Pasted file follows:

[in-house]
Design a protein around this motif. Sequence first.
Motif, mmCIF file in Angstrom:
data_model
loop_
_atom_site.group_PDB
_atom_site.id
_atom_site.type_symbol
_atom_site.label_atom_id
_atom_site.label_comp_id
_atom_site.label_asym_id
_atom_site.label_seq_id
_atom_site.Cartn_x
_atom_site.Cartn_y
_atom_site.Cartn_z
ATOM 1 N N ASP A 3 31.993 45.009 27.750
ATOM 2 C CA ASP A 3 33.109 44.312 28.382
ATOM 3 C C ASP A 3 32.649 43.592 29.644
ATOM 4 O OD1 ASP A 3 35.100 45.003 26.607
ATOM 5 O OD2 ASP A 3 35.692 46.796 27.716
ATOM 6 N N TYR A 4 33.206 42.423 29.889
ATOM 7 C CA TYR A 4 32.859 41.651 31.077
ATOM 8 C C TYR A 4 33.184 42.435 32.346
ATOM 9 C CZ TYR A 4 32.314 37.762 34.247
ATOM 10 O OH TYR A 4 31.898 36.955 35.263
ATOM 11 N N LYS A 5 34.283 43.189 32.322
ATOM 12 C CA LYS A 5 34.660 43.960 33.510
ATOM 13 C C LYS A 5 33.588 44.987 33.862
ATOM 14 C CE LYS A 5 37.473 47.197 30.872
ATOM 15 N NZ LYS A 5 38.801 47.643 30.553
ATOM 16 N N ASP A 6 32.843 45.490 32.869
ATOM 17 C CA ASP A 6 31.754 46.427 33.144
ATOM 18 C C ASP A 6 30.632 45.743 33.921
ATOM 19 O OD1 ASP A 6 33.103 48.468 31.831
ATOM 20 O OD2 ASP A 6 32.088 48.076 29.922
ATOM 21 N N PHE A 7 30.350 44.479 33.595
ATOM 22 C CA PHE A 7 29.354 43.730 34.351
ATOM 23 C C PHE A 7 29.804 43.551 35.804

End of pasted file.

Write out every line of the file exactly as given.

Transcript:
[in-house]
Design a protein around this motif. Sequence first.
Motif, mmCIF file in Angstrom:
data_model
loop_
_atom_site.group_PDB
_atom_site.id
_atom_site.type_symbol
_atom_site.label_atom_id
_atom_site.label_comp_id
_atom_site.label_asym_id
_atom_site.label_seq_id
_atom_site.Cartn_x
_atom_site.Cartn_y
_atom_site.Cartn_z
ATOM 1 N N ASP A 3 31.993 45.009 27.750
ATOM 2 C CA ASP A 3 33.109 44.312 28.382
ATOM 3 C C ASP A 3 32.649 43.592 29.644
ATOM 4 O OD1 ASP A 3 35.100 45.003 26.607
ATOM 5 O OD2 ASP A 3 35.692 46.796 27.716
ATOM 6 N N TYR A 4 33.206 42.423 29.889
ATOM 7 C CA TYR A 4 32.859 41.651 31.077
ATOM 8 C C TYR A 4 33.184 42.435 32.346
ATOM 9 C CZ TYR A 4 32.314 37.762 34.247
ATOM 10 O OH TYR A 4 31.898 36.955 35.263
ATOM 11 N N LYS A 5 34.283 43.189 32.322
ATOM 12 C CA LYS A 5 34.660 43.960 33.510
ATOM 13 C C LYS A 5 33.588 44.987 33.862
ATOM 14 C CE LYS A 5 37.473 47.197 30.872
ATOM 15 N NZ LYS A 5 38.801 47.643 30.553
ATOM 16 N N ASP A 6 32.843 45.490 32.869
ATOM 17 C CA ASP A 6 31.754 46.427 33.144
ATOM 18 C C ASP A 6 30.632 45.743 33.921
ATOM 19 O OD1 ASP A 6 33.103 48.468 31.831
ATOM 20 O OD2 ASP A 6 32.088 48.076 29.922
ATOM 21 N N PHE A 7 30.350 44.479 33.595
ATOM 22 C CA PHE A 7 29.354 43.730 34.351
ATOM 23 C C PHE A 7 29.804 43.551 35.804